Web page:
4x100s freestyle moderate pace
50 easy
3x100s freestyle moderate pace, 1×100 IM fast!
50 easy
2x100s freestyle moderate pace
2×100 IMs fast!
50 easy
1×100 freestyle moderate
3×100 IMs fast!
50 easy
4×100 IMs FAST

Warm down! Great job!!

Patrick

Short-ish. Sweet. Sweat. {quick triple-sport cardio workout.}

Try this workout next time you’re at the gym (or at home if you have an erg) for a superb AT/cardio workout. You can adjust for how much time you have to commit to working out to make it as short or as long as you’d like! (Details below)

Short (ish). Sweet. Sweat.

20 minutes warm up on bike (if you have time — if not do a quick 1-2 minute workout)

Bike portion

  • 7 x 1 minute full pressure, 1 minute moderate pressure
  • 1 minute slower to lower heart rate

total time = 15 minutes

Erg portion (see here if you don’t know how to erg)

  • 1 minute warm up
  • 5 minutes moderate pace at low stroke rate (18-22)
  • 4 x 1 minute fast pace followed by 1 minute moderate at higher stroke rate (24-max, in 30s)
  • 1 minute sprint at high stroke rate (in 30s)

total time without cooldown = 15 minutes

  • 1 minute cooldown

Run portion

  • 1 minute at conversational pace
  • 5 minutes moderate pace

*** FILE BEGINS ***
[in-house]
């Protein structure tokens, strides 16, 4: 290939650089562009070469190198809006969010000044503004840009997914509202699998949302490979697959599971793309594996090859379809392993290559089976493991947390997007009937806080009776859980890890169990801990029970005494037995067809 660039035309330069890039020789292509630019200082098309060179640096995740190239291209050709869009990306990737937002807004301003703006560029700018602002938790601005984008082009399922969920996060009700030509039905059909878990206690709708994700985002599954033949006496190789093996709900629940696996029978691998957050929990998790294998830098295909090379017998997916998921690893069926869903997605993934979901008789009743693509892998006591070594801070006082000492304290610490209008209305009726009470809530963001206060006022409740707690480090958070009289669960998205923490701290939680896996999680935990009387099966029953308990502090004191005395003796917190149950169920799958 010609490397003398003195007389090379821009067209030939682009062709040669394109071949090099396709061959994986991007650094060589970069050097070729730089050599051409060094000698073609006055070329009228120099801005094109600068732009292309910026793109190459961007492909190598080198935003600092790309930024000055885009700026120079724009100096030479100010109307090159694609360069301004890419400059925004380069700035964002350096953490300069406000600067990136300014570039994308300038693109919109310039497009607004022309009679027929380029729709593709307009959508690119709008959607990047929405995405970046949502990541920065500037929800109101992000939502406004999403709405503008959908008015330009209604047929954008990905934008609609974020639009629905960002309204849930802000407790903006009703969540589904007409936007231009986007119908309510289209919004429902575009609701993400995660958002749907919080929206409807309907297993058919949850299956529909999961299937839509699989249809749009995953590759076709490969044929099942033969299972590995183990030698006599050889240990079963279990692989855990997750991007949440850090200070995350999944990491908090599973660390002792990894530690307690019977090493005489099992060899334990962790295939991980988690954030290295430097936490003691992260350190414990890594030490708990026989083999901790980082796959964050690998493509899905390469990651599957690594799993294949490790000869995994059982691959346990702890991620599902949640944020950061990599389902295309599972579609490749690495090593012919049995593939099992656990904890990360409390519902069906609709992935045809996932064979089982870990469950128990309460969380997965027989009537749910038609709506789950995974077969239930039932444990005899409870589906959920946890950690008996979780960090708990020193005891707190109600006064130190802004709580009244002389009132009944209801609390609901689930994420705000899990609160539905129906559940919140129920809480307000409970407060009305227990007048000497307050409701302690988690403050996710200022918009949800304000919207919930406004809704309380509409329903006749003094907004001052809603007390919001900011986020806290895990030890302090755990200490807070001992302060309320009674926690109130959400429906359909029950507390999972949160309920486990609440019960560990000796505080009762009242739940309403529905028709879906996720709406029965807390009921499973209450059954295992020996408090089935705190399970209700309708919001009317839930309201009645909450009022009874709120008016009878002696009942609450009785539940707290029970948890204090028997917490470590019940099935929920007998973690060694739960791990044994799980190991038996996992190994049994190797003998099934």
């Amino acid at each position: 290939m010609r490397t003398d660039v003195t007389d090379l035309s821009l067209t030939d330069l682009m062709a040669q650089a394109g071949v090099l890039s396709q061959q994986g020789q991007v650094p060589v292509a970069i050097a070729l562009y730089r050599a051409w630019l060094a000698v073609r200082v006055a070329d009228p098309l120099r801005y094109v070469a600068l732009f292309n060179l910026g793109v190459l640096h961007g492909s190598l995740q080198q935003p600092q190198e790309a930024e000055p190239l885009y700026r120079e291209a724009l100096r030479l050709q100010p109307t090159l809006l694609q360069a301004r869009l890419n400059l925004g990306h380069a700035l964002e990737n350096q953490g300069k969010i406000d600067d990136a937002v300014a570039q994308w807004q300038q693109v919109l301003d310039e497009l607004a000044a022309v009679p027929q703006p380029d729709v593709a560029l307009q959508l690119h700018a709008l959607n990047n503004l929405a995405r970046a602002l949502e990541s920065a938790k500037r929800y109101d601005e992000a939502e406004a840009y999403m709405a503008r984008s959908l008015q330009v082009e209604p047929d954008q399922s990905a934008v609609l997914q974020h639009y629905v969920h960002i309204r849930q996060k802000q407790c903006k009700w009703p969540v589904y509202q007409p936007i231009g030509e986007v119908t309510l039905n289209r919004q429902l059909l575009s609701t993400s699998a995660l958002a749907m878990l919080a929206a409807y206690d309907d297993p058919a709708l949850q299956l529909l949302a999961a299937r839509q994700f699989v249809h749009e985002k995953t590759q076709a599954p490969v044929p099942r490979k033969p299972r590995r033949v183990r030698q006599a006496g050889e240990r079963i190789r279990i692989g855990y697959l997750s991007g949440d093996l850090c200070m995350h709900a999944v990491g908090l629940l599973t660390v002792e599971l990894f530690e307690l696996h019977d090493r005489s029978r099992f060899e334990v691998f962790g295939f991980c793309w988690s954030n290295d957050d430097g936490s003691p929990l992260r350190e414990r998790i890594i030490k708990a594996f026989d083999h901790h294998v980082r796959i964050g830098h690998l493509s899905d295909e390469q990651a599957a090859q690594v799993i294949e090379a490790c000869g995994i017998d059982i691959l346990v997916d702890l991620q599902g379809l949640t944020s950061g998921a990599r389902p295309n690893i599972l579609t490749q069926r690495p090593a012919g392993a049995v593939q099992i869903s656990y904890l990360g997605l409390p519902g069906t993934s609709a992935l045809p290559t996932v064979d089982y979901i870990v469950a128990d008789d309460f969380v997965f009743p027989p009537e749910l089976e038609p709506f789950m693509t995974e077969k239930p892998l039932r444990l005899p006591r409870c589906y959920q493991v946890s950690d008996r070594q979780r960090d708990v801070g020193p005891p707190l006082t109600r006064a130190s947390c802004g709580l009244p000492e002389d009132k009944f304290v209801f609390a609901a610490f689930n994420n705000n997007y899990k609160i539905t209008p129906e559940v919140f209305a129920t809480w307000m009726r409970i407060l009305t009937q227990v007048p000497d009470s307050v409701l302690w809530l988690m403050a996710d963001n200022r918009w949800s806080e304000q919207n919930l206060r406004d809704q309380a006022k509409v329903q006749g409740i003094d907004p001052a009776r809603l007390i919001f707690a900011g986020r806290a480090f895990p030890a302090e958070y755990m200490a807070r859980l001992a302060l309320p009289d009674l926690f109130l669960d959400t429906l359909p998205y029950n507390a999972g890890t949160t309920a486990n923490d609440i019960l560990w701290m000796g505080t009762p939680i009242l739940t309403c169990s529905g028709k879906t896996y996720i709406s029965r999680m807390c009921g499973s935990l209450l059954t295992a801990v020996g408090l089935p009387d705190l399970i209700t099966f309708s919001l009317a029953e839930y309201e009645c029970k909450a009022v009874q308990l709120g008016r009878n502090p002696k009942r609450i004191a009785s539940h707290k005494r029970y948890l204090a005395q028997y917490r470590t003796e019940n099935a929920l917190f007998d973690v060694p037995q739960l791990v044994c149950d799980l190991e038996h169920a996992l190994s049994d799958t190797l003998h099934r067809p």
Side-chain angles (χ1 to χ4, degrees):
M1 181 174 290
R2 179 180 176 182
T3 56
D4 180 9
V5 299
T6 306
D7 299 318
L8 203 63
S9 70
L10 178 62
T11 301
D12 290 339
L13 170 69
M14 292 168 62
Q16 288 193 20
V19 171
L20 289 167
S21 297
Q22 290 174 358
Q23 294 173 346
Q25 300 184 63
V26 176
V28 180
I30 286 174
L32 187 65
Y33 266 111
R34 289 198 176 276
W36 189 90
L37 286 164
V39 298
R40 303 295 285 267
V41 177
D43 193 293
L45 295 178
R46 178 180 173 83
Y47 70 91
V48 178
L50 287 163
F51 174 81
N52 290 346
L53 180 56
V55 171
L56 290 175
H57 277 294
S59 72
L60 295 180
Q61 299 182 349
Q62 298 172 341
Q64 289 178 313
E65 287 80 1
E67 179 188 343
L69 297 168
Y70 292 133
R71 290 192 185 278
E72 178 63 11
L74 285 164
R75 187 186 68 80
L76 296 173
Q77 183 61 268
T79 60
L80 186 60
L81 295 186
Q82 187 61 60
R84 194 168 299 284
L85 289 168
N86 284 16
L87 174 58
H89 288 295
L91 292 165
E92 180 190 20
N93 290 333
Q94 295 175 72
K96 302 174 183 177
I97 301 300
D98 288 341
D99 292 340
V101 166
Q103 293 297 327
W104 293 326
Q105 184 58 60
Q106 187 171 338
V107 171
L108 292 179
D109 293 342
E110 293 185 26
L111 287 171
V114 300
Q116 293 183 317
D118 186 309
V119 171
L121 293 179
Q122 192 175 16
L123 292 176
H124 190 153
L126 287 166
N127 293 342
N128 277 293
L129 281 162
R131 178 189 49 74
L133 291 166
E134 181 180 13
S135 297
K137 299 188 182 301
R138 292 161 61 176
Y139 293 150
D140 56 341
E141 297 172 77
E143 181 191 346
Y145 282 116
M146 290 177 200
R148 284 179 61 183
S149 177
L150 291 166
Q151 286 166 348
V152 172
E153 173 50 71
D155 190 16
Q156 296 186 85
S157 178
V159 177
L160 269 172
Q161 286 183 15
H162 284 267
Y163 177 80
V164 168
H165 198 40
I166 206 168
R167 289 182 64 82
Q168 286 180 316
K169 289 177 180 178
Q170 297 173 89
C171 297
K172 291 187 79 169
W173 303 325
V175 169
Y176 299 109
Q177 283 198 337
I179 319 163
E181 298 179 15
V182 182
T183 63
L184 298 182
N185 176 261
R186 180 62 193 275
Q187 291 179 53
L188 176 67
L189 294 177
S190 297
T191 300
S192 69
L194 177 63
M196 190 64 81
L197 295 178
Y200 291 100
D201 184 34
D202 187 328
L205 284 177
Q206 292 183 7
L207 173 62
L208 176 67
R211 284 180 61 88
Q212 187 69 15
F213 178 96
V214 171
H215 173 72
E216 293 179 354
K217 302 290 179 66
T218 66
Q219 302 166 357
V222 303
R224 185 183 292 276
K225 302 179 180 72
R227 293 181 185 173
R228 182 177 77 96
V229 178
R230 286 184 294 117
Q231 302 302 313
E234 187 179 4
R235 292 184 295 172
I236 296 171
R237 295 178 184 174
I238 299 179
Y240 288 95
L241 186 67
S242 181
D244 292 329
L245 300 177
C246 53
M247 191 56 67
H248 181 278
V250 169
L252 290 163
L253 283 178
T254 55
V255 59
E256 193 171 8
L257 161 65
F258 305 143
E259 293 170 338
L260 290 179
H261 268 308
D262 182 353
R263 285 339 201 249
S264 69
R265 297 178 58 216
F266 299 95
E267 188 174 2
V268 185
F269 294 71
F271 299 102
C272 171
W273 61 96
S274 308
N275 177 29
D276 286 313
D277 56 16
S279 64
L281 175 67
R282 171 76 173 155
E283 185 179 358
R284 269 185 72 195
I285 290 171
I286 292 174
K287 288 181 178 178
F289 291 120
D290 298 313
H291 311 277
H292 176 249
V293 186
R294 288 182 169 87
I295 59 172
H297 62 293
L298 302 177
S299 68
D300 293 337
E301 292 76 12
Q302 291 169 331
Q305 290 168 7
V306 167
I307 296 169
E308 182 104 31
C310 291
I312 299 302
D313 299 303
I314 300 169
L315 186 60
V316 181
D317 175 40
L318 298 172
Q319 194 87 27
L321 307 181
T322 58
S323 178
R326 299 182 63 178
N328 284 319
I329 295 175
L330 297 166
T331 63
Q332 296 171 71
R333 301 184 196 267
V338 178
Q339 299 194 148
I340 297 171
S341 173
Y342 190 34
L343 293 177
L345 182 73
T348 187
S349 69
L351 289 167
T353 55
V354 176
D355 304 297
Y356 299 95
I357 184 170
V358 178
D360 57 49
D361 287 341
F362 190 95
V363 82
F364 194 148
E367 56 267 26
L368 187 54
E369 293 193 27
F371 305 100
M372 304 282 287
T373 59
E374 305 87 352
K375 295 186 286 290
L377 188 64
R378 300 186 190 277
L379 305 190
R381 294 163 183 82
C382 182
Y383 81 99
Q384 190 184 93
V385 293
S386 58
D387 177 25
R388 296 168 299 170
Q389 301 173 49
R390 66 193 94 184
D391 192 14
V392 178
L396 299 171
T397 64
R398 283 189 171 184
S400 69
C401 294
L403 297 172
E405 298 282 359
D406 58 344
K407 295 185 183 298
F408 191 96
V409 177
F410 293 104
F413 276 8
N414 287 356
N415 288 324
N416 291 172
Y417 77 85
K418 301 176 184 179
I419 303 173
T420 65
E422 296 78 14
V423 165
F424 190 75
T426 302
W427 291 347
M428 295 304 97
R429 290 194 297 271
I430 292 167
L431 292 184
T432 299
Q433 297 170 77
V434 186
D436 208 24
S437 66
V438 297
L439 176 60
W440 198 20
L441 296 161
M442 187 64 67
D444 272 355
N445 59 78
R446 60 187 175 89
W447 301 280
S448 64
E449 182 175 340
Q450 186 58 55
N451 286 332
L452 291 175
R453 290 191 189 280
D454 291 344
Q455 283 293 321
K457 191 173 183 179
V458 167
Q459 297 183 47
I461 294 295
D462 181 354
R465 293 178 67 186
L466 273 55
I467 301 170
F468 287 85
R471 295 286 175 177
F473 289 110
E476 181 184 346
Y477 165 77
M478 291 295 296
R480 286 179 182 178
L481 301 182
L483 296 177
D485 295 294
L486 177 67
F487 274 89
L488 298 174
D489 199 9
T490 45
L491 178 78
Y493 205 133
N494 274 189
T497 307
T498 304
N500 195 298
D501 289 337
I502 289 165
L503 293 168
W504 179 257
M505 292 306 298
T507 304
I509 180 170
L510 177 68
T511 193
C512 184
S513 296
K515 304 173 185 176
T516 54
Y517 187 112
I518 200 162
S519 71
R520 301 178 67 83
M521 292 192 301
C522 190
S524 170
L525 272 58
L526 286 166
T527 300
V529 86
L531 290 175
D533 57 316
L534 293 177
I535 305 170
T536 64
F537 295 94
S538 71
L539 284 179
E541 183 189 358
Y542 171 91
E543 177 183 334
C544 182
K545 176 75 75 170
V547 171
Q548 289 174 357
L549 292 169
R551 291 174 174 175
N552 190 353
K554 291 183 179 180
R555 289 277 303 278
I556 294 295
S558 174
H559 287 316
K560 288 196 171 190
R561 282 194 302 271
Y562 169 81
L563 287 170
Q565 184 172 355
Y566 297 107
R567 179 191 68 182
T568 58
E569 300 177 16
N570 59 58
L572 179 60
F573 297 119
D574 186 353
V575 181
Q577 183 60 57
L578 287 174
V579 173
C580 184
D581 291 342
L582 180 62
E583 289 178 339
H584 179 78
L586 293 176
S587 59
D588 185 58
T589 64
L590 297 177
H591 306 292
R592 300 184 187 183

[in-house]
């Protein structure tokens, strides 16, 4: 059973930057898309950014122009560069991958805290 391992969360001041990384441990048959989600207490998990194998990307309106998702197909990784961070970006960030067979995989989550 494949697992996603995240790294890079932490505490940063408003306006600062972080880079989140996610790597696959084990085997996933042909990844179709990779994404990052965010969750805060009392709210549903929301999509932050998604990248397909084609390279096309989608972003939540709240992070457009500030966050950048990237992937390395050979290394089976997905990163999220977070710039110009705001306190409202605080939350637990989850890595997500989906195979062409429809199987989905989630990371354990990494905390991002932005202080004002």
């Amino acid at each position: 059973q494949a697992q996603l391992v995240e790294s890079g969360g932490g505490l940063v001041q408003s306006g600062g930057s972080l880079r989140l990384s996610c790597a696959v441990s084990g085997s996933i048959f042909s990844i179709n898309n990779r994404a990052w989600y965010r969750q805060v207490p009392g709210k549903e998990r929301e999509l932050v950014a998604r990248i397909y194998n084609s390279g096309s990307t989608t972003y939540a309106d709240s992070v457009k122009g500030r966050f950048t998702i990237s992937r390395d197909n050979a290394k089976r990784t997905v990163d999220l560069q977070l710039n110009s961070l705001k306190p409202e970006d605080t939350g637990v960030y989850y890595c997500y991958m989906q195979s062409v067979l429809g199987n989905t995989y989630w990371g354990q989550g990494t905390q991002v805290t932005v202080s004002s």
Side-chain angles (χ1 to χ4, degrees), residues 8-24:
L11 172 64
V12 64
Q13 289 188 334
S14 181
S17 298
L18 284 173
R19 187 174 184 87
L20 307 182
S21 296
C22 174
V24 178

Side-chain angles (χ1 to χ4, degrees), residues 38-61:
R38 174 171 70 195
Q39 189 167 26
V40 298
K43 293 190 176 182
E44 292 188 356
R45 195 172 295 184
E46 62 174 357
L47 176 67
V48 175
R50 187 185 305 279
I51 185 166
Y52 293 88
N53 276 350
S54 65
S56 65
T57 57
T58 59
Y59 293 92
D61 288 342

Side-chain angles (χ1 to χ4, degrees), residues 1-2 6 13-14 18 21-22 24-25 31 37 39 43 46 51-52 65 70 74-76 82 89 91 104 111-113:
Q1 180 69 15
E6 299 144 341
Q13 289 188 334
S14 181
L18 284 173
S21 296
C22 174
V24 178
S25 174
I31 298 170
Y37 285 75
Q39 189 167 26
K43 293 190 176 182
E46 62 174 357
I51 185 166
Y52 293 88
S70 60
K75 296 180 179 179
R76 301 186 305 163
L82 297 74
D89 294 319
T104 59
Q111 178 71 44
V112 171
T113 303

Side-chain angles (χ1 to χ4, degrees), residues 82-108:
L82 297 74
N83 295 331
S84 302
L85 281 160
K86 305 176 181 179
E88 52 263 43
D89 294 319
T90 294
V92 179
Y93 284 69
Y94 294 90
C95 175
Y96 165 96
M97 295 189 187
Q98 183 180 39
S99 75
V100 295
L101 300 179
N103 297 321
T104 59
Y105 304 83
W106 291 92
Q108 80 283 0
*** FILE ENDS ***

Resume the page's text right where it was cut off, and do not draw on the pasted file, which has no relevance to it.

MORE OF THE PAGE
• 4 x 1 minute fast pace, 1 minute moderate
  • 1 minute sprint

total time without cooldown = 15 minutes

  • 1 minute cool down

—> If you have time afterwards, DO A LENGTHY COOLDOWN! Stretch, walk around, and so on and so forth.

{for a super short version, cut each portion down to 5 minutes. 1 minute warm up at start, and 1 minute on/off alternating at full pressure.}

Adjust the times in the three disciplines based on how much time you have for your workout! Notice that the erg & run workouts are analogous in time dedicated to varying levels of difficulty, so adjust accordingly. (For example, if you only have 20 or so minutes, do about 7 minutes in each). Or, if you’re really short on time, try one of the three workouts for a short burst of cardio! Enjoy!

One of my favorite places to do quick AT runs - around the area of the Harvard stadium!

One of my favorite places to do quick AT runs – around the area of the Harvard stadium!

What are your favorite short AT workouts?

Tri Hard,

Caity

 

 

Beautiful Workout Spots. {Submit Yours}

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Harvard Stadium! After my stadium workout 🙂

Click the image above to see it full size. Harvard Stadium is beautiful. I love waking up early on some quiet mornings, enjoying the walk along the Charles, and heading to the stadium to do a tough stairs workout. Doesn’t hurt that the Stadium has a spectacular view from the top :).